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St. Columban wind project gets year extension to build transmission lines

Faced with the need to build a 45-kilometre transmission connection, St. Columban Energy LP has asked for and received an extension from the Ministry of the Environment to submit an REA (Renewal Energy Approval) application for the 15-turbine project.

A letter from the MOE to Julia Ciccaglione, VP of Regulatory and Government Affairs for Veresen Inc. was in the council package for Huron East council at its Oct. 18 meeting.

Clerk-Administrator Brad Knight told councillors that the project will be delayed by the fact that Hydro One Networks Inc. will not be building the transmission connection required by the wind project in St. Columban.

“The transmission line will be their responsibility so that will delay their process,” he said.

The letter provides a Sept. 30, 2012 deadline for an REA application and points out that additional meetings and additional studies will need to be completed to fulfill provincial requirements.

Huron East Against Turbines (HEAT) member Rob Tetu, who was at council to report on the latest Inter-Municipal Wind Turbine Working Group, called the letter, “excellent news from our point of view.”

“If they have to build 45 kilometres of transmission line, it’s going to be pretty darned expensive to build 15 windmills,” commented McKillop Coun. Bill Siemon.

Knight said the municipality has been spending time going through the documentation and making notes about what to query St. Columban Energy about the proposed wind project in the municipality’s interests.

“From our perspective, this takes the urgency off things,” he said.

Knight said he had been working on setting up a meeting between the municipality, St. Columban Energy and HEAT but hadn’t made any progress during the provincial election.

“There is still the offer to do that,” he said.

Julia Ciccaglione, of Veresen, said in a phone interview from Calgary, Alberta that St. Columban wind project continues to be in development despite the news that Hydro One will not be installing the 45-kilometre transmission connection, which will travel through Huron East, Howick and Morris-Turnberry.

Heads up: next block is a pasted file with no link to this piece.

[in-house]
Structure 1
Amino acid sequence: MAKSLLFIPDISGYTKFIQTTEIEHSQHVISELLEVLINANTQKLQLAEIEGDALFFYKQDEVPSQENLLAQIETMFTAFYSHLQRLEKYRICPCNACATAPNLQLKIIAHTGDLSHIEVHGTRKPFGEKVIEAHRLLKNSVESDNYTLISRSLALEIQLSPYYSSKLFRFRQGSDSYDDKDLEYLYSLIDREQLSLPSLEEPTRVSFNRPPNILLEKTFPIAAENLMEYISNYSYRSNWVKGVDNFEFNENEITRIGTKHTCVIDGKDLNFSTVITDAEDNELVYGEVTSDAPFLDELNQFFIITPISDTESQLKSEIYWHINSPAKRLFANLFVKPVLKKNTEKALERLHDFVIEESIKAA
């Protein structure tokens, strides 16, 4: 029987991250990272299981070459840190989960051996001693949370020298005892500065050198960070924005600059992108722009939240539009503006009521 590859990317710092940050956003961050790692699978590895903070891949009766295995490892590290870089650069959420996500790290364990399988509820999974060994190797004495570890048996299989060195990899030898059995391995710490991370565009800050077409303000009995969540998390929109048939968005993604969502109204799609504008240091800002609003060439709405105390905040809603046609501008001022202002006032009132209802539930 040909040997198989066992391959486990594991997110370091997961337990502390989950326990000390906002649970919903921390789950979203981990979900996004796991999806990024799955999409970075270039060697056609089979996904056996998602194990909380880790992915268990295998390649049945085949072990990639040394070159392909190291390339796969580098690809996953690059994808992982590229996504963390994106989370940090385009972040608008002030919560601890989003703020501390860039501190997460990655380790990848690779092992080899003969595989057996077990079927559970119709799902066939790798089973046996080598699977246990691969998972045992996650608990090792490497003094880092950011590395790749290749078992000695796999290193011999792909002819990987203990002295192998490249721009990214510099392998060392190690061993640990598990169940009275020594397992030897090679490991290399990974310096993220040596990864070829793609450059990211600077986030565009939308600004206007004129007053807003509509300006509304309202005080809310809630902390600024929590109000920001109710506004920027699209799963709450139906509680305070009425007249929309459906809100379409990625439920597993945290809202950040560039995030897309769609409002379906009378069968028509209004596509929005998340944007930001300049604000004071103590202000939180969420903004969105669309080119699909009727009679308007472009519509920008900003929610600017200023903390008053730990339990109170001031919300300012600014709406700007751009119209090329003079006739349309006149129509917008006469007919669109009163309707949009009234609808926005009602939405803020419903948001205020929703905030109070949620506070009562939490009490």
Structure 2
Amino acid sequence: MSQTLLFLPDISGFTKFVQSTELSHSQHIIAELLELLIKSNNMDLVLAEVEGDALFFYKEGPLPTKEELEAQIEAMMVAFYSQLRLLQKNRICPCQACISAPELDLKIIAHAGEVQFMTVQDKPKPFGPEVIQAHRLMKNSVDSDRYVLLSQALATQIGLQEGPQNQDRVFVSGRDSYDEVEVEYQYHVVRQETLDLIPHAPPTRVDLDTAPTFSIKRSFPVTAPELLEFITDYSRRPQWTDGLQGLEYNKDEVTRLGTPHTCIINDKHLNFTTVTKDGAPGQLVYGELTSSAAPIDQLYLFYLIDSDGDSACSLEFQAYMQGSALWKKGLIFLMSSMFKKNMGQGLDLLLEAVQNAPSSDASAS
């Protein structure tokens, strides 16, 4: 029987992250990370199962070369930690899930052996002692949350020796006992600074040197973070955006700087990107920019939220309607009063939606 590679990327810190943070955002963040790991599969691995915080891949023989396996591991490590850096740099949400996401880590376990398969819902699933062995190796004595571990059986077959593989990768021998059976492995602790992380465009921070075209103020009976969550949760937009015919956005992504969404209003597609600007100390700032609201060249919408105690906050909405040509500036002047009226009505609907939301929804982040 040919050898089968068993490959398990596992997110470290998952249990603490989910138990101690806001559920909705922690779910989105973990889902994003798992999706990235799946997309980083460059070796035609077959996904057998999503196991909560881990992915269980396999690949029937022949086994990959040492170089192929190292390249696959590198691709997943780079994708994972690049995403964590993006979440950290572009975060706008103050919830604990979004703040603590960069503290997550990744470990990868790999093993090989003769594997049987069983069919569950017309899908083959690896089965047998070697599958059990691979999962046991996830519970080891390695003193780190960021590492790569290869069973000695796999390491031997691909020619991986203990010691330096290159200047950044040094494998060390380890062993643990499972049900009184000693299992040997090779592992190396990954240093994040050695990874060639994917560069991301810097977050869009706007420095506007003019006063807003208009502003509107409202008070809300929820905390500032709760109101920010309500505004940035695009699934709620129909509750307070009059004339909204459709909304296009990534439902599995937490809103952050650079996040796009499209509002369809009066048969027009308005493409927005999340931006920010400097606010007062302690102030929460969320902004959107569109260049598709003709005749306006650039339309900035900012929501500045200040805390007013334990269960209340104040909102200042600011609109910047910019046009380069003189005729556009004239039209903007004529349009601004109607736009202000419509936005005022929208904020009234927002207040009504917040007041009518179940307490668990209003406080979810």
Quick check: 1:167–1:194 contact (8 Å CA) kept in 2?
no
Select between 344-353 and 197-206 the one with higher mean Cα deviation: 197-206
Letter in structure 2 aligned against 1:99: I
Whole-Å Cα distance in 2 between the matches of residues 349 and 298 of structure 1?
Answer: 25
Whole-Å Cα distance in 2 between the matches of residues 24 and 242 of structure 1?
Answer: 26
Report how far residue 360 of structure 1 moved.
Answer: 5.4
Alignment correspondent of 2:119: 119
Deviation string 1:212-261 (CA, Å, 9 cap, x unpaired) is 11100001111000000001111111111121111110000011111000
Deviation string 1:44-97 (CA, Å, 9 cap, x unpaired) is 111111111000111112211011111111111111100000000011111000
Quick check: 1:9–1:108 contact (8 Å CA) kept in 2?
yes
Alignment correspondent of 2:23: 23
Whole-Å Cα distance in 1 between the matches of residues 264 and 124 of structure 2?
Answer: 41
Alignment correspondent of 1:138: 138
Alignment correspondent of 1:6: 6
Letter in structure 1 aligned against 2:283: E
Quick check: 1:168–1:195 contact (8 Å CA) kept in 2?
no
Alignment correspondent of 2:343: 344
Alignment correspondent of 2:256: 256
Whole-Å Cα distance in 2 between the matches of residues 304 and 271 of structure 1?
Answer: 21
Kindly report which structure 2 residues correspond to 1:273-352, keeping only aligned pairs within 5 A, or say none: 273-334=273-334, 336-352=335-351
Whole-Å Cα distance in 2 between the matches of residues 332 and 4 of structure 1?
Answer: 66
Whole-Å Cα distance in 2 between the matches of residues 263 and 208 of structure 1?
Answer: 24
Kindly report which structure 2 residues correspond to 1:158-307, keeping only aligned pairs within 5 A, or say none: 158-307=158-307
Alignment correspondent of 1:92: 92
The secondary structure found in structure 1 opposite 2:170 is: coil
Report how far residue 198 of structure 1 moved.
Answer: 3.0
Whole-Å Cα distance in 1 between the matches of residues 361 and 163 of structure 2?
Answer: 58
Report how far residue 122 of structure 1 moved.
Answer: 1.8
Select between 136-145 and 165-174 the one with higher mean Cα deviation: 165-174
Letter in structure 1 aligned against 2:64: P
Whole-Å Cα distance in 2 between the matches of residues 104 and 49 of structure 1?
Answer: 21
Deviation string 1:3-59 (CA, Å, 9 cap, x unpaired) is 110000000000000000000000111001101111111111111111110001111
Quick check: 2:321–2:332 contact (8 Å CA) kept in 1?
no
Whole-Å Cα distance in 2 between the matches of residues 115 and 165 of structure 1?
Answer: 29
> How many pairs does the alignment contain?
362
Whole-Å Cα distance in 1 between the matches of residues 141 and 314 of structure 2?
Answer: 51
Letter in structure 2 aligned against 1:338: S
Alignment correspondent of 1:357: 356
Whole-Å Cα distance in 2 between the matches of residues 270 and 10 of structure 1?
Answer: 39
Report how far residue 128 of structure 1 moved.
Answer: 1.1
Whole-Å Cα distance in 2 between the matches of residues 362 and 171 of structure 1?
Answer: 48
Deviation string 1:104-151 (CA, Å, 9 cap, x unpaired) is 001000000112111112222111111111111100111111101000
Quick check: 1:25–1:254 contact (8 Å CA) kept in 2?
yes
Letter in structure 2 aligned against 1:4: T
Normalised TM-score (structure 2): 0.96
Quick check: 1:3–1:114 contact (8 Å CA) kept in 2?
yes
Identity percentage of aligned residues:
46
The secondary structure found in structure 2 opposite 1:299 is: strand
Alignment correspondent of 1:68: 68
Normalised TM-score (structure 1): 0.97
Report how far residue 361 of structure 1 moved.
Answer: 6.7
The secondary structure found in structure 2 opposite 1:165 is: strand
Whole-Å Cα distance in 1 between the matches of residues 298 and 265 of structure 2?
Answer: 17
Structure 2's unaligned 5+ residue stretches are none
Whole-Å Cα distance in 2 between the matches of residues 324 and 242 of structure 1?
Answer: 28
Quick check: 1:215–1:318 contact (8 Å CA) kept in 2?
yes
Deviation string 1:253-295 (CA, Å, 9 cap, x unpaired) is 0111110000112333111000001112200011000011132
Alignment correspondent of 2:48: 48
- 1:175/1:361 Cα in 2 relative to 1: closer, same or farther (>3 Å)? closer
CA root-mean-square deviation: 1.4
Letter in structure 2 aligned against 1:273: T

She said the need to build the transmission connection is not an unexpected cost even though St. Columban Energy LP was working under the assumption that Hydro One would build it.

“It is a change but as far as cost impacts go, there is little or no change. We can do it a bit more efficiently,” she said. “The cost of the transmission line was always going to be borne by St. Columban Energy – it was just a matter of who would undertake the development and construction.”

Ciccaglione said she is anticipating that St. Columban Energy LP will have to do more environmental impact studies regarding the transmission line, which will add to the REA process.

While the Ministry of Environment has stipulated that additional meetings and studies will be required, Ciccaglione said she’s not yet certain about the specific details of how many additional meetings and studies are necessary.

“We need to seek guidance from the MOE in that regard,” she said.

Ciccaglione said St. Columban Energy LP had been planning a second public meeting with another open house in the near future, a date has still not been set and she added that the company will also have to consult with the municipalities in Huron East, Howick and Morris-Turnberry where the transmission line will travel.

In a phone interview after the meeting, Tetu said HEAT has been given some “room to breathe” with the year-long extension to the St. Columban wind project.

“We were very concerned that they would call their second meeting and apply for a permit to proceed right after the provincial election. Now that the project area encompasses lines running to Wingham and environmental studies have to be done, we’re hoping the project is back to square one again,” he said.

Tetu said that a minority provincial government, along with two current lawsuits against wind companies in Southwestern Ontario, is giving the anti-wind movement more hope. He said he’s hoping the government will end up restructuring the Green Energy Act to return power over wind turbine sitting back to the local municipalities.

HEAT has been sending letters to the Ministry of the Environment and to Huron-Bruce’s MPP Carol Mitchell asking that the first public meeting the St. Columban wind project held in May be held again because of recent changes to the project that require the building of a new substation.

As well, Tetu said HEAT is asking Huron East to consider following suit with the municipality of Grey Highlands which has refused to sell a wind company the right to use its municipal road allowances for transmission lines during the past few months.